Monthly Archives: September 2017
Major health disparities occur in at risk groups of women who do not have access to reliable and affordable contraception. In this World Contraception Day blog, Dr. Alicia Christy and Dr. Carolyn Sufrin highlight these at risk groups and discuss the barriers that need to be eliminated in order to reduce unintended pregnancies and improve health.
As a teenager, Dr. Venkatraman Chandra-Mouli experienced shame and was often denied access when he tried to purchase condoms. Forty years later, adolescents around the world still face barriers to contraceptive access. In this blog, Dr. Chandra-Mouli discusses those barriers and how they can be overcome.
A lack of safe drinking water and sanitation are primary causes of diarrhea: highly prevalent in developing countries, it lead to a staggering 9.2% of child deaths in 2013. In an article recently published in Infectious Diseases of Poverty researchers set out an ambitious longitudinal study that will explore the effectiveness of a WASH (Water, Sanitation and Hygiene) project in Idiofa, Bandundu, Democratic Republic of the Congo. The study will gather much needed evidence on ways to improve sanitation and decrease health risks.
Governance of health systems is critical to their operation and performance, but the everyday realities and practice of governance in LMICs is rarely considered in academic inquiry – yet, influences their capacity to promote equity. A new thematic series from the International Journal for Equity in Health provides an empirical and embedded research perspective on governance and equity in health systems. Here to discuss this and highlight the importance of the series is the Guest Editor, Lucy Gilson.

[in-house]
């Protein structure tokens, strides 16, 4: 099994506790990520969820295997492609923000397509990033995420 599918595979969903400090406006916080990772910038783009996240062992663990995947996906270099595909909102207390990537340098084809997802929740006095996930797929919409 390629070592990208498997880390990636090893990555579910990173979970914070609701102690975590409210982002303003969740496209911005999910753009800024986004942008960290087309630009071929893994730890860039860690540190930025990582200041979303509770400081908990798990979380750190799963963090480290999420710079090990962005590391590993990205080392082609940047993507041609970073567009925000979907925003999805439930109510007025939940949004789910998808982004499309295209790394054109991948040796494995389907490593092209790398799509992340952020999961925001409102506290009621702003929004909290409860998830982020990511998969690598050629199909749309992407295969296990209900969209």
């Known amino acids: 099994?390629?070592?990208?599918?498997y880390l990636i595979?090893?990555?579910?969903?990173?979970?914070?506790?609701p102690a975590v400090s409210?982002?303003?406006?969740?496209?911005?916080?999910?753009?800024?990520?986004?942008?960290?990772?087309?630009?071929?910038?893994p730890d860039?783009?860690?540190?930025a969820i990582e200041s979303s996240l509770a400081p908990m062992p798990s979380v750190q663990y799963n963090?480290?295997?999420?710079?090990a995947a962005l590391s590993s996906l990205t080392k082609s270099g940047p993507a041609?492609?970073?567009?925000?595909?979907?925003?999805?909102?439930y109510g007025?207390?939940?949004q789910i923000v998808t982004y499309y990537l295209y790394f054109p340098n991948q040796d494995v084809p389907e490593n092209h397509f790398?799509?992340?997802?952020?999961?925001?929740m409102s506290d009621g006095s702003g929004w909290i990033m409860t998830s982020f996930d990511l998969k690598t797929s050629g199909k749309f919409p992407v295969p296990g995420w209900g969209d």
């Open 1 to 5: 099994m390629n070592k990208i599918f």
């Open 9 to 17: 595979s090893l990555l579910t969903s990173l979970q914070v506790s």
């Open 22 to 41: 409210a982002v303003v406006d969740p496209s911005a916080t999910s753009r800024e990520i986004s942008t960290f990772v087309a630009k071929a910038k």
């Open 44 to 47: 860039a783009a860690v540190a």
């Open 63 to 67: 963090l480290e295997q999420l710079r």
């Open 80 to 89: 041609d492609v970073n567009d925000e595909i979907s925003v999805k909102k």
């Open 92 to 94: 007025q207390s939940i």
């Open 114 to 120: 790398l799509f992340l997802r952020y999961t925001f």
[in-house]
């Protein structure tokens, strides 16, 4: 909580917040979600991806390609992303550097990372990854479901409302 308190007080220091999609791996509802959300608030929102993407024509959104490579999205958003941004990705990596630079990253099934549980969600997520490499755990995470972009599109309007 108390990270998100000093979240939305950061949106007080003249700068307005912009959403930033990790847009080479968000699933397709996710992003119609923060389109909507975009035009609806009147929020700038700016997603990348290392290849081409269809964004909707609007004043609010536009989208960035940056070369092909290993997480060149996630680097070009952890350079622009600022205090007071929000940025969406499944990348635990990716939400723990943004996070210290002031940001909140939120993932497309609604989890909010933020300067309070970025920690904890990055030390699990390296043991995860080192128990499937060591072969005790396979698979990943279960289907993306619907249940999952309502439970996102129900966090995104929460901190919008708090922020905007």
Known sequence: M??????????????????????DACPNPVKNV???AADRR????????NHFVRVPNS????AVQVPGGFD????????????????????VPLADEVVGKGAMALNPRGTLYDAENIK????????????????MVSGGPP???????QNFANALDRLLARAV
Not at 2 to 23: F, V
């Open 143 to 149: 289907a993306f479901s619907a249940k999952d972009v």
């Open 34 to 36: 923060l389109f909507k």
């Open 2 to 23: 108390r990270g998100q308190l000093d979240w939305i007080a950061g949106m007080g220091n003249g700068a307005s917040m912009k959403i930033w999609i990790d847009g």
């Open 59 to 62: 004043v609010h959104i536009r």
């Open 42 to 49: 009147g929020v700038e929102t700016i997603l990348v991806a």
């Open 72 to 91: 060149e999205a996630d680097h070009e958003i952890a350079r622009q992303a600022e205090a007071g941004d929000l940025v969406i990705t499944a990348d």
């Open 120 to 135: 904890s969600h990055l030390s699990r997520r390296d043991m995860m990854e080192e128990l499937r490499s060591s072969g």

In 2015, 193 UN Member States adopted Sustainable Development Goals (SDGs) which have the potential to significantly benefit maternal and child health. A review published today in Public Health Reviews analyses literature on the impact of paid parental leave on maternal and infant health. Here to tell us why this particular policy can help meet SDGs’ commitments are authors of the paper Dr. Jody Heymann and Aleta Sprague.
The group of women veterans is growing and they require different areas of attention than their male counterparts. In this post, Alison B. Hamilton and Elizabeth M. Yano discuss their study, published in Translational Behavioral Medicine, on improving the quality of care for women veterans and the important role of stakeholders in the process.
Recently published research in Injury Epidemiology finds that people who sustained physical injury or were exposed to the dust cloud during the 9/11 terrorist attacks on the World Trade Center in 2001 may be at an increased risk of heart and lung disease. Here to tell us more are two authors of the study, Howard Alper and Robert Brackbill.